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Table 4 Risk factors associated with the odds of pneumonic infiltrate at exacerbation

From: Impact of radiologically stratified exacerbations: insights into pneumonia aetiology in COPD

Characteristic OR (95% CI) P-value
Age (per year) 0.996 (0.952–1.042) 0.869
Male sex 1.036 (0.501–2.143) 0.923
BMI (per 1 kg/m2) 0.995 (0.938–1.056) 0.938
Current smoker 1.524 (0.700–3.319) 0.288
ICS use 3.552 (0.322–39.159 0.301
Maintenance bronchodilator usea 1.253 (0.182–8.641) 0.819
FEV1% predicted
  ≥ 50% Reference   
 30- < 50% 1.044 (0.496–2.198) 0.909
  < 30% 1.987 (0.763–5.174) 0.159
Season
 Spring (Mar – May) 1.435 (0.498–4.134) 0.504
 Summer (Jun – Aug) Reference   
 Autumn (Sep – Nov) 1.198 (0.407–3.523) 0.743
 Winter (Dec – Feb) 3.056 (1.139–8.200) 0.027
Sputum purulence 1.112 (0.572–2.162) 0.755
Fever 2.583 (0.979–6.811) 0.055
Cold and/or sore throat 0.435 (0.223–0.847) 0.014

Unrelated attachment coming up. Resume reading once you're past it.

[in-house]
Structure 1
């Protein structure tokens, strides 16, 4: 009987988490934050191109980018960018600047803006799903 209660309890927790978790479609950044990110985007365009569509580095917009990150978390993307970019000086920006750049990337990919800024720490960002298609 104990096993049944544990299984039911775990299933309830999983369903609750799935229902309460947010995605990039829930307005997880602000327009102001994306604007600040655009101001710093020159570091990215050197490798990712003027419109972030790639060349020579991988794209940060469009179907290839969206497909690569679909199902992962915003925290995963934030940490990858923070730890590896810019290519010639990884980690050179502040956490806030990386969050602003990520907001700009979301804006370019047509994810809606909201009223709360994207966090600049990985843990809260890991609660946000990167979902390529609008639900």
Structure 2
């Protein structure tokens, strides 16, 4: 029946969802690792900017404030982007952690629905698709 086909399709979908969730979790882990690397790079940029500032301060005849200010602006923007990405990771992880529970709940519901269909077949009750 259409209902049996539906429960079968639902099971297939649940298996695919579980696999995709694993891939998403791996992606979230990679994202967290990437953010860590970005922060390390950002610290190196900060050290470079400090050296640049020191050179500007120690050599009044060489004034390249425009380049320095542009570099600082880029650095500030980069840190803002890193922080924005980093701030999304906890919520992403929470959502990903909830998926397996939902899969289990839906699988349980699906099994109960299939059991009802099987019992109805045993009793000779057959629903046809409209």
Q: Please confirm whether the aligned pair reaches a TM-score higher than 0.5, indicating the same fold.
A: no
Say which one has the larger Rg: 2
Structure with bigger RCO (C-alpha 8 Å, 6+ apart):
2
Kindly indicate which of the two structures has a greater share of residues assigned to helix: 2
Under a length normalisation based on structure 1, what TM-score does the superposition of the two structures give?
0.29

Blood eosinophils < 2% at exacerbation 0.871 (0.451–1.681) 0.680
CRP < 6 mg/L Reference   
CRP 6–18 mg/L 2.886 (1.123–7.419) 0.028
CRP > 18 mg/L 5.723 (2.273–14.407) < 0.001
  1. BMI body mass index, FEV1 forced expiratory volume in 1 s, CRP C-reactive protein
  2. Clustered multivariate logistic regression analysis, including the patient as a random effect, for 313 exacerbations (63 with infiltrate, 250 without) with complete data for all the variables included in the model. Other independent variables included in the regression model were influenza and pneumococcal vaccine in the year prior to enrolment
  3. arefers to the use of either a long acting beta agonist or long acting muscarinic antagonist, alone or in combination with other inhaled medication
  4. CRP ranges based on categorisation by tertiles